REUTERS | Jorge Adorno

Are there “digital gaps” in our law?

In February 2016 an 18-year-old cyclist, travelling at 18 mph on a fixed-wheel track bike with no front brakes, crashed into and killed a 44-year-old woman as she was crossing Old Street in London. The tragic accident exposed a potential gap in UK criminal law.

The offence of causing death by careless and dangerous driving applied only to “mechanically-propelled vehicles”, which excluded bicycles. The offence of “dangerous cycling” (without causing death or injury) covered only the manner of the cycling, unlike the dangerous driving offence, which covers both the manner of the driving and the state of the driven vehicle.

To overcome this conundrum, the prosecution had to dust off a Victorian statute, the Offence Against the Persons Act 1861, and charge the offender with causing bodily harm to a person by “wanton or furious driving or racing” of a vehicle, which was originally aimed at deterring people from driving horse carriages dangerously. However, unlike dangerous driving, which carries a maximum sentence of 14 years, the 1861 Act only carries a maximum two-year sentence. In the aftermath of this case, debate raged about whether the law was failing to keep pace with modern-day life and if specific new cycling laws were required.

Adapting English law for the digital revolution

The Law Commission is essentially grappling with the same question of the adequacy of existing law, albeit in a different context, in its project analysing whether English law needs updating:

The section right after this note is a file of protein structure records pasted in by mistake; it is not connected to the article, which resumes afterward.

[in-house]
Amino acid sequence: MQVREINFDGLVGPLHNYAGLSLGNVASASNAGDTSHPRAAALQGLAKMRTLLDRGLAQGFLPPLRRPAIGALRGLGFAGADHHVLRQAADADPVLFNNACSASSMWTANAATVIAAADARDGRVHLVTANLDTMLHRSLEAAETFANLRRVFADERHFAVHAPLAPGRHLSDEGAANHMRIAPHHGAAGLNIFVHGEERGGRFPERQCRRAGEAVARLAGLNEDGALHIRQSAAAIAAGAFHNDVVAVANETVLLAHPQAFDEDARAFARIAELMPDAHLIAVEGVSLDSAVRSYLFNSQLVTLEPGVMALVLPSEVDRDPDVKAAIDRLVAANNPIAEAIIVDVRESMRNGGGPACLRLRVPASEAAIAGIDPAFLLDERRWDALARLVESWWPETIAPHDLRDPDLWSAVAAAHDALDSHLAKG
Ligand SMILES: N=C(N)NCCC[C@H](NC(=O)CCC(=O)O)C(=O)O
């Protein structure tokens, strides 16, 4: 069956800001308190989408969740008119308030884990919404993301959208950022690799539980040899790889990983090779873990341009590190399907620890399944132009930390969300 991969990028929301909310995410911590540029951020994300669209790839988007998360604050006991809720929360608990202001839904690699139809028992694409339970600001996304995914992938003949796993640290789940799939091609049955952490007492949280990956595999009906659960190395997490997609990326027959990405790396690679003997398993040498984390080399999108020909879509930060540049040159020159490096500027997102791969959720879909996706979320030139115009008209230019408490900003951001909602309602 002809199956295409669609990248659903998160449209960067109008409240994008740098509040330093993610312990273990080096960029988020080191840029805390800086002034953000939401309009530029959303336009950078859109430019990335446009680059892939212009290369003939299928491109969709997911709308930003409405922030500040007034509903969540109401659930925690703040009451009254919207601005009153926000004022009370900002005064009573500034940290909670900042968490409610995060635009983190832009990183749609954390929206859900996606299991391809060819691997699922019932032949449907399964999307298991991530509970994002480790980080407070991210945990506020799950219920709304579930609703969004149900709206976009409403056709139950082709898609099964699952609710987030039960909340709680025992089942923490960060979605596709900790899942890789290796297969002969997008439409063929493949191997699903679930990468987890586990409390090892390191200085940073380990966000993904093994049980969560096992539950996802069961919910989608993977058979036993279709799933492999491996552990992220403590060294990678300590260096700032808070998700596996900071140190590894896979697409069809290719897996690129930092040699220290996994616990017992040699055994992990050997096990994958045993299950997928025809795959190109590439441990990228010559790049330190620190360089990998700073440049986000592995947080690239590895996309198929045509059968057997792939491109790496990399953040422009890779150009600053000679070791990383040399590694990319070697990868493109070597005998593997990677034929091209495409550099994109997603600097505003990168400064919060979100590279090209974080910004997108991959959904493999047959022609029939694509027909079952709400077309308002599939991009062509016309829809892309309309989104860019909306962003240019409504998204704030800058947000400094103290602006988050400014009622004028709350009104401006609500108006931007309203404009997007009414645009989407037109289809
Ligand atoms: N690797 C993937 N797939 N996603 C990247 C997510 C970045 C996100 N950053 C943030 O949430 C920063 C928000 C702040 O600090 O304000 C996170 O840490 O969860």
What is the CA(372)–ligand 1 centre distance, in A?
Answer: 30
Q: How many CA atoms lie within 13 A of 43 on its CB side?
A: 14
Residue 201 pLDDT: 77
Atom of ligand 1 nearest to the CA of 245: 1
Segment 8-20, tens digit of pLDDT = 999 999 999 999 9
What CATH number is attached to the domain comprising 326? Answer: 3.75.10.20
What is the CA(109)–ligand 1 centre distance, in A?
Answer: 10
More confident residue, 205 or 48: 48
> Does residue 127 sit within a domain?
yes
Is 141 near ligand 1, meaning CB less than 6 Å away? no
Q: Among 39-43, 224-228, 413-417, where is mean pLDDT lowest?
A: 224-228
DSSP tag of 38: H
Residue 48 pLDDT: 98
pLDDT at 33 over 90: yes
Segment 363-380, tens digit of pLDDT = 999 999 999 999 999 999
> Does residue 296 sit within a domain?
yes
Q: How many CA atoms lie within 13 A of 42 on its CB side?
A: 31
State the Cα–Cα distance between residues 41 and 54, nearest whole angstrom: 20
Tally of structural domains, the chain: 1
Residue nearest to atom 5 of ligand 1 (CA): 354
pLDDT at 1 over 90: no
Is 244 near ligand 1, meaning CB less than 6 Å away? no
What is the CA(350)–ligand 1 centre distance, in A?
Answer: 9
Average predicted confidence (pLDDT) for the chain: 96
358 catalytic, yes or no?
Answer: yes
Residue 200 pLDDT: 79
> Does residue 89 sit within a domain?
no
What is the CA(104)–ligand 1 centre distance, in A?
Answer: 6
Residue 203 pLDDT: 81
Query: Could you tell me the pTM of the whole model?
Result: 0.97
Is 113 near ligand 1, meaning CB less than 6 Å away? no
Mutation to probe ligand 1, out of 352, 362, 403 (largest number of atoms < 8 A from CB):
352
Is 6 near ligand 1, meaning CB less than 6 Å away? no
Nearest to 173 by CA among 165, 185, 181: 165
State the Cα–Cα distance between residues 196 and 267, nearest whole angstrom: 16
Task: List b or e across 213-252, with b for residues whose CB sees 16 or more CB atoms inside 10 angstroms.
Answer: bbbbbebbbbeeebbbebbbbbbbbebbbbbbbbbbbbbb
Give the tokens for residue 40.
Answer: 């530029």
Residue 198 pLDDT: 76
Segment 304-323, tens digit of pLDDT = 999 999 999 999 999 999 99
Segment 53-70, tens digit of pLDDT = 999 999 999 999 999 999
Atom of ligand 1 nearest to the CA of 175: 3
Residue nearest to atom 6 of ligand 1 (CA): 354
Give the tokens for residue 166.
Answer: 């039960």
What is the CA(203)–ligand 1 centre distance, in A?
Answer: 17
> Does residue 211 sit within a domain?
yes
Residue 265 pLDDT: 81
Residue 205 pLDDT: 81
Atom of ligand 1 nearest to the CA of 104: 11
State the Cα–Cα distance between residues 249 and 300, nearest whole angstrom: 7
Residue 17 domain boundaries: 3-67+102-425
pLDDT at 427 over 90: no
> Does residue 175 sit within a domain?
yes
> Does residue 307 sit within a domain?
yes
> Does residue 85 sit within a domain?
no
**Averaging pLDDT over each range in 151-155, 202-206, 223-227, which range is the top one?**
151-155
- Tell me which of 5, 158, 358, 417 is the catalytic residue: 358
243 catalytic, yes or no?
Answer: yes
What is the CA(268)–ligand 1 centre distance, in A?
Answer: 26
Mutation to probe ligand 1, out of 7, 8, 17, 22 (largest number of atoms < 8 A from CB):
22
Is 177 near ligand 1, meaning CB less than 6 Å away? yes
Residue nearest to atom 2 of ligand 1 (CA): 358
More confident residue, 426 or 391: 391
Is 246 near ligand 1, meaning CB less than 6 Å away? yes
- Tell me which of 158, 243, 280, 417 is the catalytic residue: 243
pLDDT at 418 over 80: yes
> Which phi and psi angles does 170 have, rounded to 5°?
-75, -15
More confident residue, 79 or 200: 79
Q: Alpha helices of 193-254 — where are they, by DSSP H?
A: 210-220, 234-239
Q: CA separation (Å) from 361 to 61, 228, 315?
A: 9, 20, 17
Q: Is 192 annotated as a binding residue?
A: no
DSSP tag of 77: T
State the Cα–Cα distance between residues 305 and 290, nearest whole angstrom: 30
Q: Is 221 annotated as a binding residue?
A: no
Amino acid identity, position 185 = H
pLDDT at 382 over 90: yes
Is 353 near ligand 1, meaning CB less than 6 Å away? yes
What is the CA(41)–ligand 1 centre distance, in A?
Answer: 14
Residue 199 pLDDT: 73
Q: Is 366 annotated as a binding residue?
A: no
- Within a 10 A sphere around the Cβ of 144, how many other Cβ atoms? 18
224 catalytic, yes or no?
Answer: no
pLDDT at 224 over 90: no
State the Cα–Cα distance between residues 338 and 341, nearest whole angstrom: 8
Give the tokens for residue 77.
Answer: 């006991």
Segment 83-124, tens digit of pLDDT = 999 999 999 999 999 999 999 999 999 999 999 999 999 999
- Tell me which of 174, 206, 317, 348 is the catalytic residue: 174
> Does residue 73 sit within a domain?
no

“to ensure that [it] can accommodate two emerging technologies that could revolutionise commerce: smart contracts and digital assets.”

This project builds on the research undertaken by the LawTech Delivery Panel, which resulted in publication of the Legal Statement on the Status of Cryptoassets and Smart Contracts in November 2019. In a previous post, I discussed the Panel’s findings in relation to how smart contacts are likely to be treated under English law. The Panel’s conclusion is worth repeating:

“English law is well able to deal with technological developments and it has an impressive track record of doing so.”

Although the English common law system and its world-class judiciary are capable of meeting the demands posed by modern technologies, critically analysing the existing law is still valid. The process will help to identify any potential gaps and uncertainties, with a view to addressing them and ensuring that English law and jurisdiction remain as competitive as ever. In the United States, the process of making legislative changes to address matters arising from the use of blockchain technologies, including digital assets and smart contracts, is well underway. More than 20 states have introduced over 50 different bills concerning such technologies.

The Law Commission aims to publish a consultation paper in the first half of 2021 and currently invites all interested parties to join their stakeholder list by contacting the Commission at This project is a great opportunity for in-house lawyers with an interest in digital assets and smart contracts to shape future laws in these areas. After all, in-house lawyers will be on the front-line advising businesses on how to apply these new laws and explaining what impact they will have on their operations.

Blockchain: legal and regulatory guidance